to write an anti-Christmas column that becomes fiercer every year while remaining, in essence, the same. The core objection, which I restate every December at about this time, is that for almost a whole month, the United States—a country constitutionally based on a separation between church and state—turns itself into the cultural and commercial equivalent of a one-party state.
This vitriolic message climaxes as he addresses the topic of Christianity and the inspired Word of God, followed by his "solution" to Christmas for the cultural landscape of this nation:
Suppose we put the question like this: Imagine that conclusive archaeological and textual evidence emerged to prove that the whole story of the birth, life, and death of Jesus of Nazareth was either a delusion or a fabrication? Suppose the mother had admitted shyly that, in fact, she had fallen pregnant for predictable reasons? Suppose we found the post-Calvary body?
Serious Christians, of the sort I have been debating lately, would have no choice but to consider such news as absolutely calamitous. The light of the world would have gone out; the hope of humanity would have been extinguished. (The same obviously would apply to Muslims who couldn't bear the shock of finding that their prophet was fictional or fraudulent.) But I invite you to consider things more lucidly. If all the official stories of monotheism, from Moses to Mormonism, were to be utterly and finally discredited, we would be exactly where we are now. All the agonizing questions that we face, from the idea of the good life and our duties to each other to the concept of justice and the enigma of existence itself, would be just as difficult and also just as fascinating. It takes a totalitarian mind-set to claim that only one Bronze Age Palestinian revelation or prophecy or text can be our guide through this labyrinth. If the totalitarians cannot bear to abandon their adoration of their various Dear Leaders, can they not at least arrange to hold their ceremonies in private? Either that or give up the tax-exempt status that must remind them so painfully of the things of this material world.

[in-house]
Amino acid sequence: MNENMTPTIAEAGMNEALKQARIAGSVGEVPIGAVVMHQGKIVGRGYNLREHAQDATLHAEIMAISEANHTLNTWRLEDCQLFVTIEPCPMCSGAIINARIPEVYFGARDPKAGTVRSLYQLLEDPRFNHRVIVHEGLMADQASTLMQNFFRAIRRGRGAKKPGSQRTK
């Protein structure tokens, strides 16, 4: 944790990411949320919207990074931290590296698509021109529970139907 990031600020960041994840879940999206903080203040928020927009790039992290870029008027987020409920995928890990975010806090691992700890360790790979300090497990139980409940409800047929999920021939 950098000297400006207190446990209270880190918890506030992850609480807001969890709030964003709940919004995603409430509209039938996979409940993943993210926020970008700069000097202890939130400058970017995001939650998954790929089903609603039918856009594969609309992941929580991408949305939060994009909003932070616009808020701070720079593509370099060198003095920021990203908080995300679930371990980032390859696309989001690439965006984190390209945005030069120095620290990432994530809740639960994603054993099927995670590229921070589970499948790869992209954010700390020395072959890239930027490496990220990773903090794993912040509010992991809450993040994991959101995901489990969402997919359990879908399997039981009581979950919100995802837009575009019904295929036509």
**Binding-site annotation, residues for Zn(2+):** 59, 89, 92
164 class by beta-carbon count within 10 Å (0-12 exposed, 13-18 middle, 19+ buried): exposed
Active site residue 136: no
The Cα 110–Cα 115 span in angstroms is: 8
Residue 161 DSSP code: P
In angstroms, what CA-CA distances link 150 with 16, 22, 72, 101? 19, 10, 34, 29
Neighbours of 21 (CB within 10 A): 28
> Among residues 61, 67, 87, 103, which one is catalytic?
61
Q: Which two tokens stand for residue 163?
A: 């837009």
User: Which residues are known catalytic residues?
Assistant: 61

Merry Christmas Mr. Hitchens, and God bless you!
Now compare those remarks to this video message taped years ago from then-President Ronald Reagan and you decide which captures the heart of charity and love this Christmas. Click Here For Video